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FAO donates cold storage rooms to enhance Namibia’s veterinary services

The Food and Agriculture Organization of the United Nations (FAO) has made a significant contribution to strengthening Namibia’s veterinary services and improving livestock health in the northern regions of the country with the donation of a freezer room and a cold storage room valued at USD 26 000 (approximately N$ 500 000) to the Directorate of Veterinary Services (DVS) under the Ministry of Agriculture, Water and Land Reform.

The addition of these cold storage rooms, which are strategically located at the DVS satellite office in Nkurenkuru in Kavango West region, is set to significantly enhance the DVS’s capacity to combat animal diseases and improve overall livestock health in the regions north of the veterinary cordon fence, also referred to as the “red line”. The freezer and cold rooms will ensure improved vaccine storage by maintaining optimal temperatures, thus preserving the efficacy of vaccines, and enhancing the effectiveness of vaccination campaigns. They will also enable enhanced sample preservation, allowing biological samples to be stored for longer periods and aiding in accurate disease diagnosis and monitoring. Additionally, the increased storage capacity strengthens biosecurity measures, reducing the spread of diseases and protecting the health of livestock.

“We are pleased to support the Namibian government in its efforts to strengthen veterinary services and improve livestock health,” said Eugene Kanguatjivi, FAO National Project Coordinator. “These cold storage facilities will play a critical role in ensuring the availability of effective vaccines, facilitating accurate diagnoses, and ultimately safeguarding the health of livestock farmers. The donation was enabled through the recently concluded FAO project called “Emergency Technical Support to Control the Spread of Contagious Bovine Pleuropneumonia (CBPP) in Namibia.” The project focused on improving disease surveillance, vaccination coverage, and the overall capacity of veterinary services to manage and prevent outbreaks.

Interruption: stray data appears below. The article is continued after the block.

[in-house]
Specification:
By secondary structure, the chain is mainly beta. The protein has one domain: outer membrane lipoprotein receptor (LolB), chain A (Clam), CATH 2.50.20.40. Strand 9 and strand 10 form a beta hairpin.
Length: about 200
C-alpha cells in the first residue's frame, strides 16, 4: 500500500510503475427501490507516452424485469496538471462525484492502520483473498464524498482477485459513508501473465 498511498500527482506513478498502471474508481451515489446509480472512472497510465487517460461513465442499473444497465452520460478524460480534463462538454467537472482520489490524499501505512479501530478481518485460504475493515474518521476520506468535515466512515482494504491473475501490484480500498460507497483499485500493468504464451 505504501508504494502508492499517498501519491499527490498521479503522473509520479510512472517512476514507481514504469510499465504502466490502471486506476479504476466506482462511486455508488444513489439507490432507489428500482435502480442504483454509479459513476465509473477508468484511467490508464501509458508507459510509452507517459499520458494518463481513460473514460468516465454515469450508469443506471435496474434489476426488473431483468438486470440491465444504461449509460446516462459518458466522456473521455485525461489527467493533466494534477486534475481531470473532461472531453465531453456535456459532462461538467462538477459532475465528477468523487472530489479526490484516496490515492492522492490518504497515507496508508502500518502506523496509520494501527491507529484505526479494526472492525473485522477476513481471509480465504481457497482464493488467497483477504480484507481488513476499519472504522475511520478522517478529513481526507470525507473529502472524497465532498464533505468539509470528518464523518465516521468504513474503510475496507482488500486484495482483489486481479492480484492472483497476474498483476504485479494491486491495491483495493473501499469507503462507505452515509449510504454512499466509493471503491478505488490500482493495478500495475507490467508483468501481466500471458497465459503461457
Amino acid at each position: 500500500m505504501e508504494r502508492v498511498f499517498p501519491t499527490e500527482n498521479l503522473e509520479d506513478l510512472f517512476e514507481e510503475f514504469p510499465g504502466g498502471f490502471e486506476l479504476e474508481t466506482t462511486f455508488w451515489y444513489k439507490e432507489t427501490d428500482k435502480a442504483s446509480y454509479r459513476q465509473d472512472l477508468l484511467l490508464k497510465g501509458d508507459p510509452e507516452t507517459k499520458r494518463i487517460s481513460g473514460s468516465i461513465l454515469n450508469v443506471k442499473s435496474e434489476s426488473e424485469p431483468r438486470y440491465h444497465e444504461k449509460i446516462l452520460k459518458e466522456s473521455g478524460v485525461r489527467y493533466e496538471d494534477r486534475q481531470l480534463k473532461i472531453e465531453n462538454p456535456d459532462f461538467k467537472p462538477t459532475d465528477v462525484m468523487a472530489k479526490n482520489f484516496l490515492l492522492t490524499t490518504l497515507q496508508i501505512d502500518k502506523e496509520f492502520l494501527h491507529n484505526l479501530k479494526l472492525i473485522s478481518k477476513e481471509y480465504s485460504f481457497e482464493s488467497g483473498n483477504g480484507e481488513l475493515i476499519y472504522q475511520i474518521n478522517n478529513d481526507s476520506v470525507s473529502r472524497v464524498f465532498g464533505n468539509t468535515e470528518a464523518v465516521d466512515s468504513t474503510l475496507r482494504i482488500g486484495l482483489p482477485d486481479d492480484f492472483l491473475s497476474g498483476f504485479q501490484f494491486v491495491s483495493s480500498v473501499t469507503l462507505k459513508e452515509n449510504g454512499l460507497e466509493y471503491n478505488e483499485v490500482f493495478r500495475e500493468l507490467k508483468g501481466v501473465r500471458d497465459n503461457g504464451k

CBPP is a highly contagious bacterial disease affecting cattle, with significant economic impacts due to livestock mortality and reduced productivity. The project aimed to control and eradicate the devastating livestock disease commonly referred to as Lung Sickness. Commenting on the donation, Dr. Sara Gottlieb, DVS State Veterinarian based in Nkurenkuru, noted the significance

of the donation. “The donation of these cold storage rooms will help improve our work in the [Kavango West] region. Previously, we had to rely on storing vaccines at Rundu in the neighbouring region, which posed logistical challenges, but now we can store them here at our office. This improves the efficiency of our work and reduces the risk of the vaccines becoming ineffective.” Through the same project, FAO also supported DVS with the training of over 3000 farmers across all the northern regions of Namibia on CBPP awareness and donated camping equipment, laboratory equipment and a vehicle to help strengthen DVS capacity in controlling livestock diseases.

-Press release/FAO